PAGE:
The boot is a good, rectangular shape and its 470-litre size with the rear seats in place, and two under-floor storage bins expand this by a further 35 liters.
There are numerous thoughtful touches which make the 308 an easy car to live with. The keyless entry system (standard on our top-spec Feline trim) works brilliantly: some cars cause a moment’s confusion as you double-check if you’ve (un)locked a door – the Peugeot’s system just works seamlessly and the key remains firmly in your pocket.
Puddle lights illuminate the kerb at night-time, helping you step out with confidence.
Delightful touches and clever design abound. There are cubby holes galore and they’re intelligently positioned, with space for chunky phones by the audio plugs for instance. And the Japanese-style, filtered sunblind over the panoramic sunroof is a thing of beauty, bathing the cabin in soft, diffused light.
Also Peugeot has fitted much smarter materials including the Alcantara trim in the Feline top-of-the-range version
The 308’s buyers can also enjoy a wide range of very efficient engines, which include the 1.6 and 2.0-litre BlueHDi diesels, and two three-cylinder petrols. Furthermore, the Peugeot 308 comes as a six speed automatic, or five or six speed manual.
The 308 can be powered by three-cylinder turbocharged petrol engines: the 1.2 VTi, 1.2 e-HTP and 1.6 THP, or one of four diesels: the 1.6 HDi, 1.6 e-HDi, 1.6 BlueHDi, or 2.0 BlueHDi. Our choice of 308 is the 1.6-litre e-HDi. It’s clearly set up for comfort rather than outright pace, but the diesel engine is hushed, and returns a very credible combined cycle of 74.3mpg.
The 308 GTi will be powered by the 270bhp 1.6-litre turbocharged petrol engine from Peugeot’s Audi TT rival, the RCZ-R.
My test car was a 308 1.6 HDi 115 ch. fitted with the 1.6-litre turbo petrol engine.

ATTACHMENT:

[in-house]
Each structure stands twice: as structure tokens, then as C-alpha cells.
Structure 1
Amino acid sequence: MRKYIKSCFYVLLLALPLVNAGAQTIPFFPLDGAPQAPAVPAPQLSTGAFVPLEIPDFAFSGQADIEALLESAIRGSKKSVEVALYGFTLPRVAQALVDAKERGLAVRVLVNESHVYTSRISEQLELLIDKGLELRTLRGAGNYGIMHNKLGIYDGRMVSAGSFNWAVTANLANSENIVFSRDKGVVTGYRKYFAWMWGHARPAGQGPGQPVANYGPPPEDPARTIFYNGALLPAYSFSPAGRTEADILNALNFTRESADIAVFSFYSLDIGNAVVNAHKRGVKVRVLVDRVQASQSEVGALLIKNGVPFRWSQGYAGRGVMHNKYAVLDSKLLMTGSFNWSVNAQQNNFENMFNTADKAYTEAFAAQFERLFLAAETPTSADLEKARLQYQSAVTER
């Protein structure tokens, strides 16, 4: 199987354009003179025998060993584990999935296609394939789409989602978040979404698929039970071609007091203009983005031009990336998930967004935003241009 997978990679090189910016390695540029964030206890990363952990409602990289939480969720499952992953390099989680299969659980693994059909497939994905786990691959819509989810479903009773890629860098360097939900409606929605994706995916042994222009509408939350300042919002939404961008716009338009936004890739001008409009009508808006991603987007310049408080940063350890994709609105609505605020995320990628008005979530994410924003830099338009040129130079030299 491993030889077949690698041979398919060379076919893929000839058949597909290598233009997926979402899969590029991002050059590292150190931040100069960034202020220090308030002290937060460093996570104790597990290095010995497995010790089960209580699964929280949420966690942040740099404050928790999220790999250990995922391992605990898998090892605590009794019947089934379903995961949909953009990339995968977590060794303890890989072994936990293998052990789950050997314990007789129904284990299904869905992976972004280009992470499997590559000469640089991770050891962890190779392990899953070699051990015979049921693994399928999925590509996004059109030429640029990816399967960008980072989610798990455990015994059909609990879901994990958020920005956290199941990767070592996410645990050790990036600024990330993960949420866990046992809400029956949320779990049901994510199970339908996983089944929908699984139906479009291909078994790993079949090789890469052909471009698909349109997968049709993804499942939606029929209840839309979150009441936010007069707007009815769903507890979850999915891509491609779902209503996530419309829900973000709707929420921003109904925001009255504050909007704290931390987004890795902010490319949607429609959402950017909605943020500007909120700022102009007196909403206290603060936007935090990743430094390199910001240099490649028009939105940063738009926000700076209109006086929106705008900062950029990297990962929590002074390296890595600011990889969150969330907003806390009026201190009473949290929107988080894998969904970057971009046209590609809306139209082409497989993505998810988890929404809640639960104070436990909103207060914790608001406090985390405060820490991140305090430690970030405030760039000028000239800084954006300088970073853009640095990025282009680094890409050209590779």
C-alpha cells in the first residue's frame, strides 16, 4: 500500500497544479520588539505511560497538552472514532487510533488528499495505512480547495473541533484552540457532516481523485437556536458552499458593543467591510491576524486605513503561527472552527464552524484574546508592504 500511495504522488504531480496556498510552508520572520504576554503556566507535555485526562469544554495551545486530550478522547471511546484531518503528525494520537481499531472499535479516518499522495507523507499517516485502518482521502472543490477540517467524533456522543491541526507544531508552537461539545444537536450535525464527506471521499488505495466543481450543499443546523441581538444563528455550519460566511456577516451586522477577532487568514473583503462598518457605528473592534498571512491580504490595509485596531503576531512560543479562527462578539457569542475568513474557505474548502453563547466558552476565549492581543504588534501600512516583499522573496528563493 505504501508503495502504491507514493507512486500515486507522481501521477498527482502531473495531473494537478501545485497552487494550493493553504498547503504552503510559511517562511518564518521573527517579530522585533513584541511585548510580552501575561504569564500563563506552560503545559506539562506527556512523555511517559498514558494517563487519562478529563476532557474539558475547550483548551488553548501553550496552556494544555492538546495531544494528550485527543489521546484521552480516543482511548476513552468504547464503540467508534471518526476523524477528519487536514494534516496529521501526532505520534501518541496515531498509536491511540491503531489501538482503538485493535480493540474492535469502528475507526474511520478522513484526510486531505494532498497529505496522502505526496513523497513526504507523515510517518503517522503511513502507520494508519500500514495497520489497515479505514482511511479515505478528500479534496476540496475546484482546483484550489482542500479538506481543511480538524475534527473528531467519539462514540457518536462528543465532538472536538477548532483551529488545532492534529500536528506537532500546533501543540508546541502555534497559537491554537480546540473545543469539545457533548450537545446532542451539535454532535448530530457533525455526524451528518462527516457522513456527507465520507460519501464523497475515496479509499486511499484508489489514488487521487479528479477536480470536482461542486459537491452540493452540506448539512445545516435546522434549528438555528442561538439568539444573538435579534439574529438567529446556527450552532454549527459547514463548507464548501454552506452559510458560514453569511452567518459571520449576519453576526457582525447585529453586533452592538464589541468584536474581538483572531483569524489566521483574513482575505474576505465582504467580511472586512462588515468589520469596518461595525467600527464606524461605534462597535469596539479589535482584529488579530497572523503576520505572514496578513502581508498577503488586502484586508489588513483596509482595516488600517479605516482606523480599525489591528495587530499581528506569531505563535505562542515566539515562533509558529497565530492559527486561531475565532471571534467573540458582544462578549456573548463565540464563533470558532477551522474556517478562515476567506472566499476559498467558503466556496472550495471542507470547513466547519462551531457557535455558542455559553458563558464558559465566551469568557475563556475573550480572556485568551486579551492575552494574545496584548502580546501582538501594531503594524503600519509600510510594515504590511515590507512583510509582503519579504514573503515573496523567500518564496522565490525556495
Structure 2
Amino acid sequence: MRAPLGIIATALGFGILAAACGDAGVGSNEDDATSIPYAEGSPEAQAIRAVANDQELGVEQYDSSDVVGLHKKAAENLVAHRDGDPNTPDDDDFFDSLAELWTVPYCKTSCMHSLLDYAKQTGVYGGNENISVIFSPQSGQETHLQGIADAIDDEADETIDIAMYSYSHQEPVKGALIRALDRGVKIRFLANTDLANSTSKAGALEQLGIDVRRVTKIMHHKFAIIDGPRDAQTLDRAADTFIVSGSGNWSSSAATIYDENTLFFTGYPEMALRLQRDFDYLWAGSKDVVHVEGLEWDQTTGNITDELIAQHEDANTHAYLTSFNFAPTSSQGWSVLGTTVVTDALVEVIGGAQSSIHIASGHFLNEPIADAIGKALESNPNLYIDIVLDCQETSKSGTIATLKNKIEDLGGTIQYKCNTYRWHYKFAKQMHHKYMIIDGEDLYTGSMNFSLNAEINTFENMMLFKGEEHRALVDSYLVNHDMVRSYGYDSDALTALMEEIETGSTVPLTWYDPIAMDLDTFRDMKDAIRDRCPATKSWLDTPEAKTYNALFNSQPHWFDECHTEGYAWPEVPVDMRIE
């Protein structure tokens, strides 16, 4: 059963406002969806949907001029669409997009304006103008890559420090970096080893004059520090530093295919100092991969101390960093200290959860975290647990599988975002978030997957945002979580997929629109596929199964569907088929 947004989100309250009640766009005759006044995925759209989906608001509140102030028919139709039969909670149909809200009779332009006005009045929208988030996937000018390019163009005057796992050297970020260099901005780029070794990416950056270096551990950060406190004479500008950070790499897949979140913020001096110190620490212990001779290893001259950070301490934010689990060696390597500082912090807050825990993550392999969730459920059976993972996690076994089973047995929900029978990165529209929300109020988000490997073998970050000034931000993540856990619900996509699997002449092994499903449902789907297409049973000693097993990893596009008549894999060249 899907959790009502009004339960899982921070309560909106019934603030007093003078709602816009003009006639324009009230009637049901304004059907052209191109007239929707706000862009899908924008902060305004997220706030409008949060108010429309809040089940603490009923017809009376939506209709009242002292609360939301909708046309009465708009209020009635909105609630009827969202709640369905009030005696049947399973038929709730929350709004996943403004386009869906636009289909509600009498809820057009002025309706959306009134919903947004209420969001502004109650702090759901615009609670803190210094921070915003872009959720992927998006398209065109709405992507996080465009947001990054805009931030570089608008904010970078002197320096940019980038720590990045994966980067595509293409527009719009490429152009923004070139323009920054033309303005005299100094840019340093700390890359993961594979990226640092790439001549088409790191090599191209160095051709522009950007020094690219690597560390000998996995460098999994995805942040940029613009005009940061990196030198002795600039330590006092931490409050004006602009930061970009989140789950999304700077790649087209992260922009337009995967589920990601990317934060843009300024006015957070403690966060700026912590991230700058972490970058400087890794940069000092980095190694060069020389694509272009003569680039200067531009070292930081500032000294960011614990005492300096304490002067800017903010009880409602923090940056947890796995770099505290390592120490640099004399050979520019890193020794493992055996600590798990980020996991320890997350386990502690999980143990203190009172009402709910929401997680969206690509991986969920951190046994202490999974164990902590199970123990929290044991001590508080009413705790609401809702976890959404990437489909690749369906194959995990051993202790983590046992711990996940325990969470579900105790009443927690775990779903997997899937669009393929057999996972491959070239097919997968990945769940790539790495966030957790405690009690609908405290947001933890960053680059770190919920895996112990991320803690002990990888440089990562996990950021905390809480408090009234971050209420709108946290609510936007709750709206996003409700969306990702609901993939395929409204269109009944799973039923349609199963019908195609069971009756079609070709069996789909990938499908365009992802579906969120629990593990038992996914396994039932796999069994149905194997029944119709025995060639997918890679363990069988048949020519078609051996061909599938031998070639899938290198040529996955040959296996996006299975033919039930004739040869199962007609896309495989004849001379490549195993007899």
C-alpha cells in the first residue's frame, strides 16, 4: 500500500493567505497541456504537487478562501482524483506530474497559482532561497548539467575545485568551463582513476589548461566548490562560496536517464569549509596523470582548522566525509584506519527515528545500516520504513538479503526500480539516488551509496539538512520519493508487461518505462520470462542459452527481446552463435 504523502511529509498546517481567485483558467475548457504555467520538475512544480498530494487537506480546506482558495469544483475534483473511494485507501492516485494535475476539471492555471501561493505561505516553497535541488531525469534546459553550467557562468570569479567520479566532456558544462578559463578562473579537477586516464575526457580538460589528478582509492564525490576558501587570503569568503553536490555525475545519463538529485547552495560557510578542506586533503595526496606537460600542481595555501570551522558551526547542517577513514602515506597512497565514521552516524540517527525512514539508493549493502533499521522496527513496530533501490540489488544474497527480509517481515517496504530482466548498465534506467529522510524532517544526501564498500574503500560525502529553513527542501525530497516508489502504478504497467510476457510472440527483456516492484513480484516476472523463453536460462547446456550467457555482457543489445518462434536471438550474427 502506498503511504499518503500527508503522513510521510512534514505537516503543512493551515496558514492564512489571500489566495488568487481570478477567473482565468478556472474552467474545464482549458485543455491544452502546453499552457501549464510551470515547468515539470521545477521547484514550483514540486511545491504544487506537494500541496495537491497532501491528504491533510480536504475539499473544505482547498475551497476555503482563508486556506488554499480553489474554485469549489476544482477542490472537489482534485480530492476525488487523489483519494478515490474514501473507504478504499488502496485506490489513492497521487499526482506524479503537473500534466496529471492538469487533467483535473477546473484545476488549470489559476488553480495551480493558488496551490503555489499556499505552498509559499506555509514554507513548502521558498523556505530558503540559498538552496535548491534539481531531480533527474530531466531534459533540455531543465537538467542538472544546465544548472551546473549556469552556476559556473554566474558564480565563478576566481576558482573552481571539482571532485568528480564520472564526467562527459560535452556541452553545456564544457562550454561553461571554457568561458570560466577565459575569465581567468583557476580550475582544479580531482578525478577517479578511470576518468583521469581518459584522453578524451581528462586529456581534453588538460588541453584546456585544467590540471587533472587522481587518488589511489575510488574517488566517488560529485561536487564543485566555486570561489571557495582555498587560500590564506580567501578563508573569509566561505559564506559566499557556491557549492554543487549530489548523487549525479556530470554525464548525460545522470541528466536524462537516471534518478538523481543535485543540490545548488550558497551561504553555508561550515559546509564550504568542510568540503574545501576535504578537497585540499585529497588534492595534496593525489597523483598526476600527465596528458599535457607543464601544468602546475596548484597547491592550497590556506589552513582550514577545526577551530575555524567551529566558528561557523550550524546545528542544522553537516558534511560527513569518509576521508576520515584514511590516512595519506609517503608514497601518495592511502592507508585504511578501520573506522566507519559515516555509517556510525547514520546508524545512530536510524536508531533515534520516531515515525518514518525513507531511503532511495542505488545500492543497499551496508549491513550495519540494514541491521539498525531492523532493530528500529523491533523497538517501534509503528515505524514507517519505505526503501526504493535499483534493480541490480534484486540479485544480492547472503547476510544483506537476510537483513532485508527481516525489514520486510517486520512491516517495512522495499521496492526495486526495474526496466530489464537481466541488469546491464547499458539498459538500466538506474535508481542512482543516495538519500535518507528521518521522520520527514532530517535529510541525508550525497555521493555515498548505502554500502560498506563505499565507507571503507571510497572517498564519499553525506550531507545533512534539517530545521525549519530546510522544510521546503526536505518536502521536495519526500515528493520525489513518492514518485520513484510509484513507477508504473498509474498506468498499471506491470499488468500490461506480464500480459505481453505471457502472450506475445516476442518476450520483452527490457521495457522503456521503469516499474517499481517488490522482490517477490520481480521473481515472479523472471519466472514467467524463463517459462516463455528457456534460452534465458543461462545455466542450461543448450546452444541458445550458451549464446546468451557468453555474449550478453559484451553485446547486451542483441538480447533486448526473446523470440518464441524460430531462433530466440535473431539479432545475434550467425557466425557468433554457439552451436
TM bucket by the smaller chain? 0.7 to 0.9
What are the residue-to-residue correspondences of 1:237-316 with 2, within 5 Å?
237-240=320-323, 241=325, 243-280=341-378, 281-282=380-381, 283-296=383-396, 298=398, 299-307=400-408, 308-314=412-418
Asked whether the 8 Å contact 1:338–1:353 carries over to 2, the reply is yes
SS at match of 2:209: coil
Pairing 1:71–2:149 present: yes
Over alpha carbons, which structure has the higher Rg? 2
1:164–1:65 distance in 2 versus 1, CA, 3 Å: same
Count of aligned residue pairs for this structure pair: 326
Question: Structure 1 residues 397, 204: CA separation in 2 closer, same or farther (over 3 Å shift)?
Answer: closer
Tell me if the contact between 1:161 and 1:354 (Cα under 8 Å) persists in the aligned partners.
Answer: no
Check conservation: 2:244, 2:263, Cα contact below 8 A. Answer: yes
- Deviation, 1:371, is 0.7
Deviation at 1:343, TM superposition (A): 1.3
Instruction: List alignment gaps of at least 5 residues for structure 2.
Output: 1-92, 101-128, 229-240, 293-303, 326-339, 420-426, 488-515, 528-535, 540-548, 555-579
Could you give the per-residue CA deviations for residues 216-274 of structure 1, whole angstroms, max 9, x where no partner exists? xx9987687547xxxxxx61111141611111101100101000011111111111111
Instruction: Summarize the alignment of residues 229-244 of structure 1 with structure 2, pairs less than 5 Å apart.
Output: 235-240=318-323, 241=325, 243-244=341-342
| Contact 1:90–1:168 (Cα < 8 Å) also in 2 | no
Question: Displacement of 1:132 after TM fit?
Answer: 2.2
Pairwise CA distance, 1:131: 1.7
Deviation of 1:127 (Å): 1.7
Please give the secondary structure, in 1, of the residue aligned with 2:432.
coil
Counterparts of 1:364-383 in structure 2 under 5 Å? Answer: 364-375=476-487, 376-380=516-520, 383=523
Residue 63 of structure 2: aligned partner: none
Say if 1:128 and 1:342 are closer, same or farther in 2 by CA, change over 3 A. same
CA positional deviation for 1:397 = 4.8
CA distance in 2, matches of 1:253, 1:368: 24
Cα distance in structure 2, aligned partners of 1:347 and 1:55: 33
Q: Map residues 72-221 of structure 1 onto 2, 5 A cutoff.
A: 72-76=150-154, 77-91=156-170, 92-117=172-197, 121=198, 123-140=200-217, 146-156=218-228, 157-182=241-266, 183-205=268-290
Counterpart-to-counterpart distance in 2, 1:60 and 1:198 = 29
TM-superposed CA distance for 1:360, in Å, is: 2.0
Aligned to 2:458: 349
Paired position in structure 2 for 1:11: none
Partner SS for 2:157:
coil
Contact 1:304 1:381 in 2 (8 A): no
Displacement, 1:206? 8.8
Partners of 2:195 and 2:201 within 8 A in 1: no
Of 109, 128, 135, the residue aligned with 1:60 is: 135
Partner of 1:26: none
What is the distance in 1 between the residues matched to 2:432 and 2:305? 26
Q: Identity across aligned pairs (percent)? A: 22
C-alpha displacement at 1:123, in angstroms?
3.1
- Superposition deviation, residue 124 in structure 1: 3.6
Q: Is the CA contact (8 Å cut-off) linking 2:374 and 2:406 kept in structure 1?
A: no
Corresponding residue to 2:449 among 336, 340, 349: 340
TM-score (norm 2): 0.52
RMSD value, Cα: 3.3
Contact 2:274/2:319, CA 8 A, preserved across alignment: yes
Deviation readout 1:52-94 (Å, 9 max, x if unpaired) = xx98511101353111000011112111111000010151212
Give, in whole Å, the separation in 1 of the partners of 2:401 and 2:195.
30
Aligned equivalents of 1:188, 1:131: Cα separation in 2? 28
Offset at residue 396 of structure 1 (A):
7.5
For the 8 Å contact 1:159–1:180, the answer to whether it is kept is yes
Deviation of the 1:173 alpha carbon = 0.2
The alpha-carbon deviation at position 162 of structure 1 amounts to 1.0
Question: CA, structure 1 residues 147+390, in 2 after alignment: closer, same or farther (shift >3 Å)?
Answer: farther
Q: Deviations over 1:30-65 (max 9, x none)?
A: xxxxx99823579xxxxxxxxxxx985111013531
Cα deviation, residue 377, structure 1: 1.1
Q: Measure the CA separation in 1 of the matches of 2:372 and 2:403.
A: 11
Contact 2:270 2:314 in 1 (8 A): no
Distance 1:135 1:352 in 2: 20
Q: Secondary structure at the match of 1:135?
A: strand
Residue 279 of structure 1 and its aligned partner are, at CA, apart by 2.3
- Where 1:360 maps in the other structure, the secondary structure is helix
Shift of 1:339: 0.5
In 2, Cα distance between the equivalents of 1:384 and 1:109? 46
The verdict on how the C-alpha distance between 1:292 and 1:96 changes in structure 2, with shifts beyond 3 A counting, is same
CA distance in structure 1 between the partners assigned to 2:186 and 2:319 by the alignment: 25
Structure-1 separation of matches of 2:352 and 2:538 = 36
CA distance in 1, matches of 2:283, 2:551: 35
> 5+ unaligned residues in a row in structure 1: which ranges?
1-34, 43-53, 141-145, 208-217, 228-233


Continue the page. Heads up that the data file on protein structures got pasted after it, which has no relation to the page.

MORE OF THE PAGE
When you fire up the 1.6 petrol turbo, t’s refined and punchy, and its willingness to rev and eager responses are a boon to those raised on a diet of diesel hatchbacks
The motor drives through a six-speed manual gearbox and provides plenty of punch and is very quiet with it.
The 308 offers a very comfortable ride around town and on bumpy country roads. It’s not a sporty car at all but there’s plenty of grip. It’s fairly nippy: 0-100km/h in 8.2sec with 215km/h maximum.
The 308 feels perfectly suited to town driving, where you can make the most of its tight turning circle and light controls, although the gearbox has a slightly vague action.
Peugeot is to be heartily applauded for its approach to the 308.
The quality of the 308 will leave a lasting impression on anyone who hasn’t driven a French car for a while. Where you expect brittle plastics and tinny-sounding doors, you find tactile materials and solid-thunking closures. Build quality is one of the 308’s ace cards.
The Peugeot 308 has a real confidence to its swagger: it’s distinctively designed, especially inside, and redolent of quality throughout.
With a lighter platform and improved aerodynamics, Peugeot has made the 308 into one of the most economical cars in its class.